Punjab Chief Minister Shahbaz Sharif was elected the PML-N president unopposed on Tuesday.
Addressing a meeting of the PML-N General Council in Islamabad after his election, Shahbaz said he was glad to have been chosen as the party president but that no one, including himself, could even think about taking the place of Nawaz Sharif, who was removed as the party president by the Supreme Court but was later rechristened as the party’s ‘leader for life’.
“Nawaz Sharif can be considered the political heir of Quaid-i-Azam,” he said. “We are lucky to have been blessed with a Quaid [leader] like Nawaz Sharif.”
Shahbaz said today is “not a day to celebrate” because the world knows that his party’s leader has been “targeted”.
“I believe that one day this injustice will be rectified.”
The post of party president was left vacant last month after Nawaz was removed from the position by the apex court.
Shahbaz, who was serving as the party’s interim president, submitted his nomination papers for the presidency today.
He was the only nominee for the position of party head, but his victory was formally announced at the party’s General Council meeting in Islamabad, during which voting for the party’s president also took place, according to Law Minister and PML-N’s Chief Election Commissioner Mahmood Bashir Virk.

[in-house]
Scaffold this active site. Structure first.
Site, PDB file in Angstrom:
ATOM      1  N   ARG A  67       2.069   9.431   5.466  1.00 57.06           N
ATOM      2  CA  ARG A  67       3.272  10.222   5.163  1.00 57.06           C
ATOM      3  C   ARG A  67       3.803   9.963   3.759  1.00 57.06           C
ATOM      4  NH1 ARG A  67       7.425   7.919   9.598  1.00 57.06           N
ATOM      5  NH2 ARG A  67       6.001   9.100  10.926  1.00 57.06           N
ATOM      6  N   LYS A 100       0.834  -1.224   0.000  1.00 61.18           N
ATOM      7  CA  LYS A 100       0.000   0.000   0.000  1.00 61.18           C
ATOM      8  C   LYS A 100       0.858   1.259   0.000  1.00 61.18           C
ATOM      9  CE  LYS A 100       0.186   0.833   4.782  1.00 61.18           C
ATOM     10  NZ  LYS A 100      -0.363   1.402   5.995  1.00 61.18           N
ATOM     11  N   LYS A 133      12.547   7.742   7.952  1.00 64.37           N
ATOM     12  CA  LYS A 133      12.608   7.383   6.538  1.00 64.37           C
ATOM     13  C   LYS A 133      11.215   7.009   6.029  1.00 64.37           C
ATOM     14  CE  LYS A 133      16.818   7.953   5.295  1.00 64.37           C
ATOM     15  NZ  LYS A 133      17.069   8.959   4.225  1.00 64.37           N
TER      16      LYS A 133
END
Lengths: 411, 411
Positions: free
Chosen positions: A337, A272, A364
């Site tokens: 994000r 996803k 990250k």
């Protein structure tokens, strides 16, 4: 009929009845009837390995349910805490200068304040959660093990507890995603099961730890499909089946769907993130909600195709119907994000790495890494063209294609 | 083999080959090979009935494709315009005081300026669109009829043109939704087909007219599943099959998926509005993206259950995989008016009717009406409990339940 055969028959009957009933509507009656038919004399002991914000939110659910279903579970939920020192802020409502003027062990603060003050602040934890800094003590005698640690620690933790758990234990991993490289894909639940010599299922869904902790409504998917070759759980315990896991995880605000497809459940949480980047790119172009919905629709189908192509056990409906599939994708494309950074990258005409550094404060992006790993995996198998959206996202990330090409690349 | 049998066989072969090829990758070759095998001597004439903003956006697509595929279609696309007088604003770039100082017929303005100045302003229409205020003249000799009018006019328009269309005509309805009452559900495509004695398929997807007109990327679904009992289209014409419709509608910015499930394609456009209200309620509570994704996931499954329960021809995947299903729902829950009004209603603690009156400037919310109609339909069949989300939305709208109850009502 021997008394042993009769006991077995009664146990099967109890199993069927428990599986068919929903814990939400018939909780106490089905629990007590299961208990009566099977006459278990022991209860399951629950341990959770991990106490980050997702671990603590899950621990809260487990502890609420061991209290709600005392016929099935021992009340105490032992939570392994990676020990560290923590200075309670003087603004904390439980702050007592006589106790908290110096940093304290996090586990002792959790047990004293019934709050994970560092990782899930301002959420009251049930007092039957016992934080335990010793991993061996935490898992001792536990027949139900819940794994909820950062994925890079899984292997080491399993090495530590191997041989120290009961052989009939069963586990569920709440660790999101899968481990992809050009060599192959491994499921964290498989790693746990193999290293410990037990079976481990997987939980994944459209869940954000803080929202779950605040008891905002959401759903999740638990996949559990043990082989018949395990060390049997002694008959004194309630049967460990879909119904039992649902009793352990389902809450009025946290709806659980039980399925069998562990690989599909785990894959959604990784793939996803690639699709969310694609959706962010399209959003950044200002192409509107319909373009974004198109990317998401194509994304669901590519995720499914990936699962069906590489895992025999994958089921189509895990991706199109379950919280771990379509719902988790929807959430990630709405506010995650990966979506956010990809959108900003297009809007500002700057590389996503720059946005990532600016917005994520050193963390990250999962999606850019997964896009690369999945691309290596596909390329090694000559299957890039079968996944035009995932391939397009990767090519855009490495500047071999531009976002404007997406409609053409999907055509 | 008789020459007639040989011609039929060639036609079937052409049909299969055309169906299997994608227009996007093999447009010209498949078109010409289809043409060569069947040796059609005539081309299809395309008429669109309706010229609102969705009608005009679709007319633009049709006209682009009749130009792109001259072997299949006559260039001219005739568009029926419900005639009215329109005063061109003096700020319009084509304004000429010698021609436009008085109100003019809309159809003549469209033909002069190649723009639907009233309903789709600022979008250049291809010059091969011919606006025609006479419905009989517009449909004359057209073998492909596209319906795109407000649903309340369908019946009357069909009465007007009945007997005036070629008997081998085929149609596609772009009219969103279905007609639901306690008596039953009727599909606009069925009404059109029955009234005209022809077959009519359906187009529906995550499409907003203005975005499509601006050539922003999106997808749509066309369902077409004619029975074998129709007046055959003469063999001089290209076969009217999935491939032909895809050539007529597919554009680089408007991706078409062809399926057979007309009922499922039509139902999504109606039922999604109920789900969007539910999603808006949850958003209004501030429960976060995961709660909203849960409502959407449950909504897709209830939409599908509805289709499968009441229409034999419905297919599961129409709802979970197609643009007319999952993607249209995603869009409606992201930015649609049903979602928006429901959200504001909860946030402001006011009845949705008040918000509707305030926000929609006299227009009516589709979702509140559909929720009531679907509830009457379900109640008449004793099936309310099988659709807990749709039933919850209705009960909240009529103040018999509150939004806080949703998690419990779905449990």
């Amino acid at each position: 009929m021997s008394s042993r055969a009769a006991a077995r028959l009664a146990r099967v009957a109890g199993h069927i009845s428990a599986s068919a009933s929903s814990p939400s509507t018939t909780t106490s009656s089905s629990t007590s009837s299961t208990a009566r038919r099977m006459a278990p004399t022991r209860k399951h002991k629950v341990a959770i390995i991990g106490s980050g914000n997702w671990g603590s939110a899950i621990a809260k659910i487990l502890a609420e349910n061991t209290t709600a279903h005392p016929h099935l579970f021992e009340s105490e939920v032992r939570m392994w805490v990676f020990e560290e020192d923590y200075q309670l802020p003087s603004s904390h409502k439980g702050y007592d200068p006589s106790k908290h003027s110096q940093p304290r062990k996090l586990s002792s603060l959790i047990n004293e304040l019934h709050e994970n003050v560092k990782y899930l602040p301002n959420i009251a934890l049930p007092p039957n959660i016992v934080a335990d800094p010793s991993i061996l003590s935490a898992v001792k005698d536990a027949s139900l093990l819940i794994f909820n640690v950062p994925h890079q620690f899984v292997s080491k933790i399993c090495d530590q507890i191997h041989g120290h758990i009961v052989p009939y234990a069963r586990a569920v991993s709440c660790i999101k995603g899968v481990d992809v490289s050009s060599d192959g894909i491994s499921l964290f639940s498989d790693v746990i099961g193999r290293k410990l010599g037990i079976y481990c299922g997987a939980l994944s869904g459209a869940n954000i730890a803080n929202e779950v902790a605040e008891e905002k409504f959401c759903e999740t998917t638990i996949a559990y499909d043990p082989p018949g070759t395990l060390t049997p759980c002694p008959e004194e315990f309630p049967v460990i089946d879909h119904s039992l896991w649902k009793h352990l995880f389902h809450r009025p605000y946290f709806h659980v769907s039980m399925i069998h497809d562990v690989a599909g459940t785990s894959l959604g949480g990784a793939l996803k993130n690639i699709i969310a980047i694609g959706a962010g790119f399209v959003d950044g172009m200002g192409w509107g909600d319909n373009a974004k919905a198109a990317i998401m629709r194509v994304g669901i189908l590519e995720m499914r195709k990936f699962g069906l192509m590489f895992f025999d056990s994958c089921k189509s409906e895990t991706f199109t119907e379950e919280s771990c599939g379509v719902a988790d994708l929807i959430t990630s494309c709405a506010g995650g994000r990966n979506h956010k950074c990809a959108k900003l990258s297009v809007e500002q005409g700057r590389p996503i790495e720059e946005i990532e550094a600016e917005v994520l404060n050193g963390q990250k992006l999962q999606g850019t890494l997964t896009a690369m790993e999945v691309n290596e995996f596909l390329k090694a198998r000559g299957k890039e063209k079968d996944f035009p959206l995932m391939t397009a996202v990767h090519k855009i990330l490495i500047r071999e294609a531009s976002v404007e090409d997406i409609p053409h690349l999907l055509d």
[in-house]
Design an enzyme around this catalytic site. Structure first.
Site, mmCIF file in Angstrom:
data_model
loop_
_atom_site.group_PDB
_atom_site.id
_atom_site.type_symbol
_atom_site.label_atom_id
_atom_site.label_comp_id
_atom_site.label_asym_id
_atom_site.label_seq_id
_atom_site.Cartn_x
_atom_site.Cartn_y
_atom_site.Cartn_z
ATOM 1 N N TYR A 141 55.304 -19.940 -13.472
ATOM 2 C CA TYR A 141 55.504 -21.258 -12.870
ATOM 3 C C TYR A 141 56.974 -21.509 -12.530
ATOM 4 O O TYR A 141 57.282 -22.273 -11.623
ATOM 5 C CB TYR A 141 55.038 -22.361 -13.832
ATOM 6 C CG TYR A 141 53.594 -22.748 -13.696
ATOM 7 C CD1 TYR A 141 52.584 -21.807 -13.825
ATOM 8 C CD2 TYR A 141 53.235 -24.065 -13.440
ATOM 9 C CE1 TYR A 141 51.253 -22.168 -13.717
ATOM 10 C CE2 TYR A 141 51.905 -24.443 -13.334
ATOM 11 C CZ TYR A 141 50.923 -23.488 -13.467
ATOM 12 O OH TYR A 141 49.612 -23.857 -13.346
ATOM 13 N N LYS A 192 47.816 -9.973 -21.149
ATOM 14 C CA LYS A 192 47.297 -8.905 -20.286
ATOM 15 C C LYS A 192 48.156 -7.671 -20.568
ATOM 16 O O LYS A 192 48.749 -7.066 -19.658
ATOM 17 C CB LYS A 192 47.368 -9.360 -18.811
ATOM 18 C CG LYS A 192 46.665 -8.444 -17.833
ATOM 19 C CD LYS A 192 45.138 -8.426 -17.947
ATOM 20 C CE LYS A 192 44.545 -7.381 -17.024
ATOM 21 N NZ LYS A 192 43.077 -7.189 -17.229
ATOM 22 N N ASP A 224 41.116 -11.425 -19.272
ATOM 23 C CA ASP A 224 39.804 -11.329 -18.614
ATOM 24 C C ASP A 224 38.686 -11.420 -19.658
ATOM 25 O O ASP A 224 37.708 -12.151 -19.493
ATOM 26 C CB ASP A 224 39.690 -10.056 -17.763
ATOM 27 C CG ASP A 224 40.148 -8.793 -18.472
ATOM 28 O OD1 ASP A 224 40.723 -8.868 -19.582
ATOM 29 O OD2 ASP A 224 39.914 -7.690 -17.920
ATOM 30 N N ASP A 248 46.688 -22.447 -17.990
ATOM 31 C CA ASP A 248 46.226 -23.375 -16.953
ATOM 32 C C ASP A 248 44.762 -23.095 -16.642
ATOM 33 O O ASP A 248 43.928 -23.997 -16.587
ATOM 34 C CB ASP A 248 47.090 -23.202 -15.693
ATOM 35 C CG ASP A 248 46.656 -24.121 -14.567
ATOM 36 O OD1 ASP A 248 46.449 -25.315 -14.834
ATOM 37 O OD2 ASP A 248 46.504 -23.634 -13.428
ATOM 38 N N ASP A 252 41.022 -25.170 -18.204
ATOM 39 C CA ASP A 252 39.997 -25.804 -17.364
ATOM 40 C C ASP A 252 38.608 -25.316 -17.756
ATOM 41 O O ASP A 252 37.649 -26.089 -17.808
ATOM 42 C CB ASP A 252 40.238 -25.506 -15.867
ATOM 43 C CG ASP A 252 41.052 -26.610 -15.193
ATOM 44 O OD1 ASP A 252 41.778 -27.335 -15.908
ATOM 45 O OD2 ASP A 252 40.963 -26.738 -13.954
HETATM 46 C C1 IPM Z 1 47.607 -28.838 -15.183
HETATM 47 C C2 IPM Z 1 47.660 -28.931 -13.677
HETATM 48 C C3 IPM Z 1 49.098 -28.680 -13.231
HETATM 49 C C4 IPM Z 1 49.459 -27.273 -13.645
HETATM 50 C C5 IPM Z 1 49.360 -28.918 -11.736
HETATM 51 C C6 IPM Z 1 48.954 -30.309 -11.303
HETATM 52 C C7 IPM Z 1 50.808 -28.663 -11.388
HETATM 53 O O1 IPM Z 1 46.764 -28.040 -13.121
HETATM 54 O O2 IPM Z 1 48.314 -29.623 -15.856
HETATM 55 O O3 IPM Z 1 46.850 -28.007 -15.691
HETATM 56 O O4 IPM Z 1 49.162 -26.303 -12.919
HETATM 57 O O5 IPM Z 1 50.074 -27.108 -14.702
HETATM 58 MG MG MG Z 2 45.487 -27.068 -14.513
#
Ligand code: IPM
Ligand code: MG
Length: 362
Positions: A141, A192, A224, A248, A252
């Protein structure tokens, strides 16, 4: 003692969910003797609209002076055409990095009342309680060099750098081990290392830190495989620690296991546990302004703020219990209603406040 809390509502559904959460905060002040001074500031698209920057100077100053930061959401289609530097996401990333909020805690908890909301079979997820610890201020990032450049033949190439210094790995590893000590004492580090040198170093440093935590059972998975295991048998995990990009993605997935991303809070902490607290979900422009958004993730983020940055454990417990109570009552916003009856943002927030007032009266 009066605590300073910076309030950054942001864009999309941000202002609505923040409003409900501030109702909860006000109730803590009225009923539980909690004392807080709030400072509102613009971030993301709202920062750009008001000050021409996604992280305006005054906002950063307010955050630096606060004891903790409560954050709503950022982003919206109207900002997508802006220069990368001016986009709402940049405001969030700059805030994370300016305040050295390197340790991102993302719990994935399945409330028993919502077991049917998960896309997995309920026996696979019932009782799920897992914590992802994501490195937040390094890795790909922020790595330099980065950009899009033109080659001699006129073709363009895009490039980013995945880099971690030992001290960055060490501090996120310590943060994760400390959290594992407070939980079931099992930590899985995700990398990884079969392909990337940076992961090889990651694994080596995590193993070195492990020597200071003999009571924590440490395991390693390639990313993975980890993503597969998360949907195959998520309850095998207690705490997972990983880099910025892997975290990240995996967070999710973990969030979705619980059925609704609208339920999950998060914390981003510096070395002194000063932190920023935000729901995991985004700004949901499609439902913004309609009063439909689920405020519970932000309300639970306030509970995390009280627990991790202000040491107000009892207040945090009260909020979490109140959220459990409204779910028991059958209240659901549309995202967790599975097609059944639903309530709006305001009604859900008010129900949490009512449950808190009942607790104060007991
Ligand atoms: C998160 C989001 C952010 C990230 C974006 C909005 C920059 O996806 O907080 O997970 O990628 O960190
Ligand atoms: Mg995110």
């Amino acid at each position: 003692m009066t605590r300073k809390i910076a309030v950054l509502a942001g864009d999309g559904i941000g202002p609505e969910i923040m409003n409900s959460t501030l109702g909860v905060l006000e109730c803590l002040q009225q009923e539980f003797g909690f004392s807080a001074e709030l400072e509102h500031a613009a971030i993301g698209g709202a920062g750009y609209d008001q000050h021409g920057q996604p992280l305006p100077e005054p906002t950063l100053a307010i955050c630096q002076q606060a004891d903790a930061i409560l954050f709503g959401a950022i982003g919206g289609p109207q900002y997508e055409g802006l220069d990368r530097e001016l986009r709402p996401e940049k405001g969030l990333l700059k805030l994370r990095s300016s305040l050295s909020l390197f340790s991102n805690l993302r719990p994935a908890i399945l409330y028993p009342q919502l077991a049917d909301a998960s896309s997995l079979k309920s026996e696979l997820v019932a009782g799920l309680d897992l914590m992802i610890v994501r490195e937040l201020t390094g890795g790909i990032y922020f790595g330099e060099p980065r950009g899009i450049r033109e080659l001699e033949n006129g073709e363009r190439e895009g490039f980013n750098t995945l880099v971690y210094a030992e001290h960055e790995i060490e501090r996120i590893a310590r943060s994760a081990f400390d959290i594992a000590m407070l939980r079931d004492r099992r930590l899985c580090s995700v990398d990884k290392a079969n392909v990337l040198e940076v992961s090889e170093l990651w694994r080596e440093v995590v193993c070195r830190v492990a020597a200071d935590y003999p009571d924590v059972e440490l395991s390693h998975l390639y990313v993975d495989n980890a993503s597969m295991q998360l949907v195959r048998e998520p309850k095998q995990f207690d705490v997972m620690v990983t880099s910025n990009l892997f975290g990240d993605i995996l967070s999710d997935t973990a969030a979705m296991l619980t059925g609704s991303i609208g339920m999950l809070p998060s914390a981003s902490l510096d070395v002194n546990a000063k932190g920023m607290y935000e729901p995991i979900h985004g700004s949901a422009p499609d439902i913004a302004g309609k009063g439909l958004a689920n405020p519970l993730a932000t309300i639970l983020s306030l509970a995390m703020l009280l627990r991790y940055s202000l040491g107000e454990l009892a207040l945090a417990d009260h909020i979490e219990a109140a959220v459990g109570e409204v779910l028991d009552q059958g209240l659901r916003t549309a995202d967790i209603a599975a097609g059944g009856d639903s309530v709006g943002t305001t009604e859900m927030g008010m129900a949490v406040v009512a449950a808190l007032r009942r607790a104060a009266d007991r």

Many of PML-N senior leaders, including Shahbaz, Nawaz and Prime Minister Shahid Khaqan Abbasi were present at the GC meeting.
The PML-N has been facing a leadership crisis since the apex court, in its July 28 Panama Papers judgement, ordered Nawaz’s disqualification from public office and he was removed as party head.
However, with the speedy passage of the Elections Act 2017 ─ which amended the requirements necessary for top party leadership to possess ─ Nawaz managed to retake party leadership. But he was removed again from the post after the court ruled in February this year that a disqualified person is ineligible to lead a party.
Mismanagement was observed at the polling venue earlier as party workers attempting to enter were prevented from doing so by security personnel at the Convention Centre.
Workers then resorted to violence, breaking glass doors at the venue, causing some workers and leaders to receive injuries.